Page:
When the royalty-free images are used, there’s normally no expiration date on the license. However, when using rights-managed images, it is best to keep all licenses organized so that you keep track of the expiration dates.
All of the images on your website must be properly licensed, regardless of the nature of the content, be it a commercial site or a personal blog.
The best way is to source your image from a licensed supplier. If you do that you should be covered against any legal dispute. Model releases and property releases are the first lines of protection concerning photos that include people and objects that are not public property.
Pro tip: If an outsourcing designer steals the photo, you will pay. If you are caught, you may use it as a lame excuse, remove the photos and just stop responding the messages.
What Stock Photo Sites Are There?
There are hundreds of free stock photos resources out there, and you will find some excellent examples below.
Large free galleries at the large paid resources
New free photos are added weekly; register to get the full access.
Has a separate free imagery section that gets updated frequently. Registration required.
Large free photo stocks (with paid extended use options)
Free image database with no copyright restrictions on a Creative Commons license.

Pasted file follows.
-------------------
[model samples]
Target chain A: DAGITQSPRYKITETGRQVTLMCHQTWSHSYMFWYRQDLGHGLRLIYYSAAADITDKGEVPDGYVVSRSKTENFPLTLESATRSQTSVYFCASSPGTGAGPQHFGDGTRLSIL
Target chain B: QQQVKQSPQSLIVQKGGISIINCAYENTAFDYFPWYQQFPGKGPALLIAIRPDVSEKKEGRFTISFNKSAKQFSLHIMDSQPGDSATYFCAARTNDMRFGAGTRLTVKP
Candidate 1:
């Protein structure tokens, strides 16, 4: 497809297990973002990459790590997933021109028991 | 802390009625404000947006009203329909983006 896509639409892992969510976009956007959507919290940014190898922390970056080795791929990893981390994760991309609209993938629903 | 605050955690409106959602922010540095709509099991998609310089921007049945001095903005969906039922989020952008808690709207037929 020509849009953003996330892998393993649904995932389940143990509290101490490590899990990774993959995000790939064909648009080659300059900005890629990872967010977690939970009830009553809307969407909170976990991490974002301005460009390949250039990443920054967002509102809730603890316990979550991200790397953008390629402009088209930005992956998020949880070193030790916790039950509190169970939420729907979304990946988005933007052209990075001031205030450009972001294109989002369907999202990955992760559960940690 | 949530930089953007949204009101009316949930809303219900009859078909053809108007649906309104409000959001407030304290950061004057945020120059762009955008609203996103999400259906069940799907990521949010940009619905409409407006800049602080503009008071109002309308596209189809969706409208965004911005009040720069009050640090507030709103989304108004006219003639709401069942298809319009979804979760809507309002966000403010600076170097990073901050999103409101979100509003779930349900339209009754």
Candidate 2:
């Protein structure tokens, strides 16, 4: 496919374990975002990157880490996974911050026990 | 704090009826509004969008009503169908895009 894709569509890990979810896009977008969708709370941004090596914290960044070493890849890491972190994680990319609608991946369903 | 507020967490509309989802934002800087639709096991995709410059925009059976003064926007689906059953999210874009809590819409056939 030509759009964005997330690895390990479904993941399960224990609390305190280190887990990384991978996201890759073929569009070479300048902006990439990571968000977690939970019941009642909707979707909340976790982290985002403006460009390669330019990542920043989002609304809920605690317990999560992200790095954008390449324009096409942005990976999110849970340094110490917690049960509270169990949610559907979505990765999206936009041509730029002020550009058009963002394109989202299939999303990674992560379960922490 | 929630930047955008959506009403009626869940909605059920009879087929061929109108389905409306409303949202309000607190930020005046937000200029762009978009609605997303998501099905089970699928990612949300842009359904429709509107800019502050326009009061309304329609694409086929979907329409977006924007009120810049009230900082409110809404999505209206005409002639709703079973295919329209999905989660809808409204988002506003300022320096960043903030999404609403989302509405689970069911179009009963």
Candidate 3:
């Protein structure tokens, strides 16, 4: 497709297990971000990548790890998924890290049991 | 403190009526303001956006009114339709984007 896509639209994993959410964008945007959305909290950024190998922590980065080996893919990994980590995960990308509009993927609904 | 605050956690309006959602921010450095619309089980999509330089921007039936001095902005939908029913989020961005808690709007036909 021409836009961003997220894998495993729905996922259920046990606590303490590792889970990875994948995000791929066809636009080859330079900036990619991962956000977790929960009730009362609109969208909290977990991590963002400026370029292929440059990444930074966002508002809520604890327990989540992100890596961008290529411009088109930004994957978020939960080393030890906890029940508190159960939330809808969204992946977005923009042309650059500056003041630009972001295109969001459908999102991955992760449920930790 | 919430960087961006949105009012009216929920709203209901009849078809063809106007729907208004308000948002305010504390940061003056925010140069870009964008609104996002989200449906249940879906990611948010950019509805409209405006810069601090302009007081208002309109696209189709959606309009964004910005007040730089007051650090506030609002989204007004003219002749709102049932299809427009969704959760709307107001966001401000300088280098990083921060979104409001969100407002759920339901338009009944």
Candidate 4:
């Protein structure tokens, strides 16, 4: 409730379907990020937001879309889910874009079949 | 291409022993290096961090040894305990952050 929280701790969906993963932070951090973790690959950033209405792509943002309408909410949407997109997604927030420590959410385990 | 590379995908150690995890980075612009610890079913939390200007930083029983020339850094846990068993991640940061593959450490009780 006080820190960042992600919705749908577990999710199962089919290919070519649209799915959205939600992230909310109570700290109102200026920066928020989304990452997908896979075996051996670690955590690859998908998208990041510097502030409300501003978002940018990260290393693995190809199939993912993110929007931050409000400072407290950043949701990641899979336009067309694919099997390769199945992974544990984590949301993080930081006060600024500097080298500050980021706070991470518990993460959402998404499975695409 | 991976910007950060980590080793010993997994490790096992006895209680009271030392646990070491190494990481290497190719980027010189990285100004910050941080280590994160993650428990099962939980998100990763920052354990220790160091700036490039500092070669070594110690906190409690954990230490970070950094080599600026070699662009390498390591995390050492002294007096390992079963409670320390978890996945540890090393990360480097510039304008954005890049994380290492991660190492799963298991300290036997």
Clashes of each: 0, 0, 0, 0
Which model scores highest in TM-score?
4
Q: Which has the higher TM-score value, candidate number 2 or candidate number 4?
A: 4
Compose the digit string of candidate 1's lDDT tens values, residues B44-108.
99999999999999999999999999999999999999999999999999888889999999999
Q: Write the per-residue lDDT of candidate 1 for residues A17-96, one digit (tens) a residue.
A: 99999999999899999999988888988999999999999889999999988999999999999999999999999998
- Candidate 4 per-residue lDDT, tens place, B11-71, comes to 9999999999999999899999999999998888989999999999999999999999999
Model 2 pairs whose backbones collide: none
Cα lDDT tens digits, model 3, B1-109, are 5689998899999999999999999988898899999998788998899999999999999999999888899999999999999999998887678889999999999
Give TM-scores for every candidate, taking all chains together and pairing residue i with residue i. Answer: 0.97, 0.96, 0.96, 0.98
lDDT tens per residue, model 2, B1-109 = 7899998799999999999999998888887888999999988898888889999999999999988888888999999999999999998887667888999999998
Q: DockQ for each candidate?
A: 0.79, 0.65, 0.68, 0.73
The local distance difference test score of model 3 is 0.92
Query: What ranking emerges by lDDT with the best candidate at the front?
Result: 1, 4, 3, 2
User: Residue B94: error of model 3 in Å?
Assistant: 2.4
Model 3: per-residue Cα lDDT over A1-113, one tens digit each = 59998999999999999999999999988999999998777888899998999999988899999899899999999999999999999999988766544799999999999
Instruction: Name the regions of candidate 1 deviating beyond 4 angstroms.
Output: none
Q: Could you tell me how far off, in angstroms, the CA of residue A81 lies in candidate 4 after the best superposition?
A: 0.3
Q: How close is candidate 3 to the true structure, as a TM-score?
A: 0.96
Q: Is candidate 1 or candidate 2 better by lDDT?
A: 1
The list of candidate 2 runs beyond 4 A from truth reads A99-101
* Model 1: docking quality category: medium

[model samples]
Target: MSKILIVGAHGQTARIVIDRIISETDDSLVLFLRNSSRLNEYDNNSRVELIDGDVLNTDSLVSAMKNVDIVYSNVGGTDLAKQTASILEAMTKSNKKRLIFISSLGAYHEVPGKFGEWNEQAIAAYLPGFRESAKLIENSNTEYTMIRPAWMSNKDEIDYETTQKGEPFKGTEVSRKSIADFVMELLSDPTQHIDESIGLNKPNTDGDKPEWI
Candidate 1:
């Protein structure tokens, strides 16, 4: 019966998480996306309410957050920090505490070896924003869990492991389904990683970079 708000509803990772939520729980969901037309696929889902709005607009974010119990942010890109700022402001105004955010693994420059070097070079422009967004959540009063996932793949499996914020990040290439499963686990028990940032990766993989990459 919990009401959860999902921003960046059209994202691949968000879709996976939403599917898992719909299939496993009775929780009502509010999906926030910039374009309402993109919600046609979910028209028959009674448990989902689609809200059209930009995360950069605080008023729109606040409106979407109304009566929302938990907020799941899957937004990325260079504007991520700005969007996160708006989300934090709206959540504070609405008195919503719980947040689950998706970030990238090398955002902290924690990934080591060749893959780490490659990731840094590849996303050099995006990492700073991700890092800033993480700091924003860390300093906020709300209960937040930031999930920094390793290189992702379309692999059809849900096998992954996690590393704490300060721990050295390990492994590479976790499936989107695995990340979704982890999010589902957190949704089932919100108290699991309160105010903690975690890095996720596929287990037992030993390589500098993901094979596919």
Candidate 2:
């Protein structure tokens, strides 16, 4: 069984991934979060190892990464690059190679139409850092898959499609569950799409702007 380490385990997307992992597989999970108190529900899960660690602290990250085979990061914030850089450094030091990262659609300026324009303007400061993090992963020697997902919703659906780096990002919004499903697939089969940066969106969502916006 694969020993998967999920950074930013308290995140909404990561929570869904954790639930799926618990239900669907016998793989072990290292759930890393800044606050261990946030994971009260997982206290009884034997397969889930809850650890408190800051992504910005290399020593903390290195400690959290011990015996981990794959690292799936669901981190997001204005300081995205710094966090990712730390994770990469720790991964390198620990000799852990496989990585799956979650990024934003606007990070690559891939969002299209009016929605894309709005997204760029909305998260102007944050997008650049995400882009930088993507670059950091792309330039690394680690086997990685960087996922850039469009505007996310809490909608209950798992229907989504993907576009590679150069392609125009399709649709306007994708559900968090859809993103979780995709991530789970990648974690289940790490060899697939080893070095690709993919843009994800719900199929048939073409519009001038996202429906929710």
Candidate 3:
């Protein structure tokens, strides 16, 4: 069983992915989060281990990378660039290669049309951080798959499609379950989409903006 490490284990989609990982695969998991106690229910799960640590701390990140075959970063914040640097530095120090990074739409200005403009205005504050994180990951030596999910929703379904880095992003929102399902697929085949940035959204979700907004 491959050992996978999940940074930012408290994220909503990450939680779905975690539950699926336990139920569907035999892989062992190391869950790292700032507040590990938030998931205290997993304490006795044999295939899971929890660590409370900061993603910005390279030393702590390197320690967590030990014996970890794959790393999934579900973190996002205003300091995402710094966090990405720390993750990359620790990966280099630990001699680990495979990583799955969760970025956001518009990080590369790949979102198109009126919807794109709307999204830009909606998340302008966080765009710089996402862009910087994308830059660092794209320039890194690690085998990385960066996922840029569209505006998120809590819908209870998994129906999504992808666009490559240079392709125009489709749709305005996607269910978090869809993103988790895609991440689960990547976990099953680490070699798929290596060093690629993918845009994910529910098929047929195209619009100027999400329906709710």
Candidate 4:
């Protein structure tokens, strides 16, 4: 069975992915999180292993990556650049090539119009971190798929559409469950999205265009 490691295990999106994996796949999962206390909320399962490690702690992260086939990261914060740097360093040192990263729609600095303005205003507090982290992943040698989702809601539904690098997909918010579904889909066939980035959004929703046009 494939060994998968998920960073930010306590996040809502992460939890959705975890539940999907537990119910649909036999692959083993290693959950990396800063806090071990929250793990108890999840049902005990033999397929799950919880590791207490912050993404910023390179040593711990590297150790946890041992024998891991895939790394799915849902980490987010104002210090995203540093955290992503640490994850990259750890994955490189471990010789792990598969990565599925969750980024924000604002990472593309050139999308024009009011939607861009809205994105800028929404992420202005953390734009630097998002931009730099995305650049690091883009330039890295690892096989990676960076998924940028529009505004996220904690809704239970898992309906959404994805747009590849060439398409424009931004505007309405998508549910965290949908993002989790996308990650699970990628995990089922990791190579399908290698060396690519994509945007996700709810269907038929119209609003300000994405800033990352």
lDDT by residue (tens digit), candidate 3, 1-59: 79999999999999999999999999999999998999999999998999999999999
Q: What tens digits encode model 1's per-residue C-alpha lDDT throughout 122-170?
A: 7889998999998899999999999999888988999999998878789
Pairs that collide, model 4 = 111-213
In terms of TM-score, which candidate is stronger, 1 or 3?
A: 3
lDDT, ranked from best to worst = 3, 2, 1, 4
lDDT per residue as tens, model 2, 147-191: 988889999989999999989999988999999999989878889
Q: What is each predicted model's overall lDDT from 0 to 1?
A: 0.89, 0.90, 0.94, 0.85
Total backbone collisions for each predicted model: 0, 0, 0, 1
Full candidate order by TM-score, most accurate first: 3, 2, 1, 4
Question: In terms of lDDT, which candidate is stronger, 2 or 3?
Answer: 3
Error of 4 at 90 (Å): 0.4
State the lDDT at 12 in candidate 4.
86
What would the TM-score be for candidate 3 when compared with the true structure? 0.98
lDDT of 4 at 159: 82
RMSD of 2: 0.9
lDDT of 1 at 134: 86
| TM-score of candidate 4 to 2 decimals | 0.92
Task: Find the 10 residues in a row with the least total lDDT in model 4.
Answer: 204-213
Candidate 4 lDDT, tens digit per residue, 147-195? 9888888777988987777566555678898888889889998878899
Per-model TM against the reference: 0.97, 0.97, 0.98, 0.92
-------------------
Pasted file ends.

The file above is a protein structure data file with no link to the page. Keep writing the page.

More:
Collection of pictures free for personal and commercial use with no copyright restrictions on a Creative Commons license.
A community of photographers with a handy navigation. All photos can be used free even for commercial purposes.
Free Range Stock
Free high-resolution image resource. Authorizing via the login required.
Public Domain Pictures
Quick registration required. Paid account needed to download the high-resolution images.
Free Digital Photos
Large resource is broken down into categories. All images free for educational, personal or commercial use.
Large gallery with more than 35 thousand images, broken down into categories and available for thematic search. To download, authorization required.
A large online free stock photo collection, mainly sceneries, available for editorial and commercial use. No registration required.
Graphics and photos out of legitimate open sources available for commercial use. Supports keyword search.